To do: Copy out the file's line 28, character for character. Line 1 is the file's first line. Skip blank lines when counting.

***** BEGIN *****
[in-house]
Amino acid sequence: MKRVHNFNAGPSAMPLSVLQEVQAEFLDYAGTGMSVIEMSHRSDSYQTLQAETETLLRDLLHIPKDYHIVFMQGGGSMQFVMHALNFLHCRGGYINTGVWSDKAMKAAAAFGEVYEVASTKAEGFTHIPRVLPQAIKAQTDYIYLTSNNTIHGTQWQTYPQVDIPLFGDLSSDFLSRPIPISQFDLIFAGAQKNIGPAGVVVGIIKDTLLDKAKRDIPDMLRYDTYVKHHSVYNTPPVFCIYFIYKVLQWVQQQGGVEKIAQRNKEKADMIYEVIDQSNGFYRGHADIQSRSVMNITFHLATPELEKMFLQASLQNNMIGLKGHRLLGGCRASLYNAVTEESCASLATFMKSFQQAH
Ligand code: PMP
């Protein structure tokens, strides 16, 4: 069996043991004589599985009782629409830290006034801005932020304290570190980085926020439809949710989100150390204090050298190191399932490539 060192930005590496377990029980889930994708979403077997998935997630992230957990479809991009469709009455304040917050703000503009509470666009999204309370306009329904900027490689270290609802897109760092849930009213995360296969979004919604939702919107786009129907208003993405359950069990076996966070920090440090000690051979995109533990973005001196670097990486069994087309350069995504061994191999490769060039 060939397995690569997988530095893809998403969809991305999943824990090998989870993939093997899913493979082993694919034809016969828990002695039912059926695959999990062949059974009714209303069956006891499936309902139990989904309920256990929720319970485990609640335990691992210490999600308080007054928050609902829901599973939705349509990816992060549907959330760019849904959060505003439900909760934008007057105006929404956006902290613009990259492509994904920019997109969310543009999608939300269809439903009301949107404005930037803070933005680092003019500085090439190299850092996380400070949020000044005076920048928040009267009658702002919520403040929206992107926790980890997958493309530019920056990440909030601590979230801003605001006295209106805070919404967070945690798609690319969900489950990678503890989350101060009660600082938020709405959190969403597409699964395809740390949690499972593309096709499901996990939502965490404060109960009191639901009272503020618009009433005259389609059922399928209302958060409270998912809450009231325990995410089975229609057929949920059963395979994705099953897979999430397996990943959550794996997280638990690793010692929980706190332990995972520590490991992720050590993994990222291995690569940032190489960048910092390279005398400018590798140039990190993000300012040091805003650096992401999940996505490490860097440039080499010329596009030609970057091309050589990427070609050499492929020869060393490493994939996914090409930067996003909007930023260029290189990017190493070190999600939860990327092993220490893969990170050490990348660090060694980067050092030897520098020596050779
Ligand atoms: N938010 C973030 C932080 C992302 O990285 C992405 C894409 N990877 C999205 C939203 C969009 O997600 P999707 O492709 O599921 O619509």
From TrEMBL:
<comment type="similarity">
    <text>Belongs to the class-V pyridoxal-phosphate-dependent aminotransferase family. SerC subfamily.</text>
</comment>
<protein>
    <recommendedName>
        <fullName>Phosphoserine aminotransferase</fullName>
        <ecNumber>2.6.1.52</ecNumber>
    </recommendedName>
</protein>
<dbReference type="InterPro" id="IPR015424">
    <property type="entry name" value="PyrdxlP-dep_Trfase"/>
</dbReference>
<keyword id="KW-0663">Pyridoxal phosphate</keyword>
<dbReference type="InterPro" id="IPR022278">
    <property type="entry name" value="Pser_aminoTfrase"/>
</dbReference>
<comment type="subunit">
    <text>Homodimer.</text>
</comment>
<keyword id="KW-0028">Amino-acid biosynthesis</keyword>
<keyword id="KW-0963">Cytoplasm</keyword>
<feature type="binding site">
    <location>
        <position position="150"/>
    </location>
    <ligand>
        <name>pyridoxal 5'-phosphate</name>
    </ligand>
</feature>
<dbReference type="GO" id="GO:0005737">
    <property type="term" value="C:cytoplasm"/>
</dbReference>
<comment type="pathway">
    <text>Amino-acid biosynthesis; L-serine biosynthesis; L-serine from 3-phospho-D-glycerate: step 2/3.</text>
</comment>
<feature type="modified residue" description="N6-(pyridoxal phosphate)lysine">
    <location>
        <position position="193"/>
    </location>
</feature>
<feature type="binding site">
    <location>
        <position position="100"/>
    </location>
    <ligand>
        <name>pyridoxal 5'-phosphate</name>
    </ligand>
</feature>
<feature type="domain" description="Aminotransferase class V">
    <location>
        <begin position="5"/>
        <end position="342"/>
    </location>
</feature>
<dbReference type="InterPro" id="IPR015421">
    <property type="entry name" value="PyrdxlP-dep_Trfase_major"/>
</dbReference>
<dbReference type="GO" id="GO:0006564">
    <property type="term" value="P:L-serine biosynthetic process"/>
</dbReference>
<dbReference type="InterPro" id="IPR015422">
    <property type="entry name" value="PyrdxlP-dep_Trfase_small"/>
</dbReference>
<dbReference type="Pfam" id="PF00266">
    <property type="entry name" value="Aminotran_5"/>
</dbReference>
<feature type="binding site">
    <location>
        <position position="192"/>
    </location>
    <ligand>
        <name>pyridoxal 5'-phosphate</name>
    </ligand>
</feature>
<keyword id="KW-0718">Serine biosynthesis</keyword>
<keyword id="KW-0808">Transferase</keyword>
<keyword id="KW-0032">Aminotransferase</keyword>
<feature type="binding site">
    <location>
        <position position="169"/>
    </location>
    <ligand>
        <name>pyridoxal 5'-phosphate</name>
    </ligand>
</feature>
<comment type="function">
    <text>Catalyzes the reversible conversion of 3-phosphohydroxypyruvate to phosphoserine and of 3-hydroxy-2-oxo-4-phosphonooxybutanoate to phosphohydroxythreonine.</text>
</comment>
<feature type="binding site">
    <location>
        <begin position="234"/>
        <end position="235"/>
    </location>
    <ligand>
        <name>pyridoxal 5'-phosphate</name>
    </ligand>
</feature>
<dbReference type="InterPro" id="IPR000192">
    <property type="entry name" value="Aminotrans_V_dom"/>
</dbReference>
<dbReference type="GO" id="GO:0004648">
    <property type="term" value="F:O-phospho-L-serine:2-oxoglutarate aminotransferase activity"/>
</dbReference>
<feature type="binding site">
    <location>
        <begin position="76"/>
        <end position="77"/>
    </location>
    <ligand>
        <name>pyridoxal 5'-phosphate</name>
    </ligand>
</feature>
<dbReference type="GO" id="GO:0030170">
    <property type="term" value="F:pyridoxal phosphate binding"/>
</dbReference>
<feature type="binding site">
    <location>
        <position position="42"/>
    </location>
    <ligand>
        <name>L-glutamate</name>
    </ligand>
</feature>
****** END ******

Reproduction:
<feature type="binding site">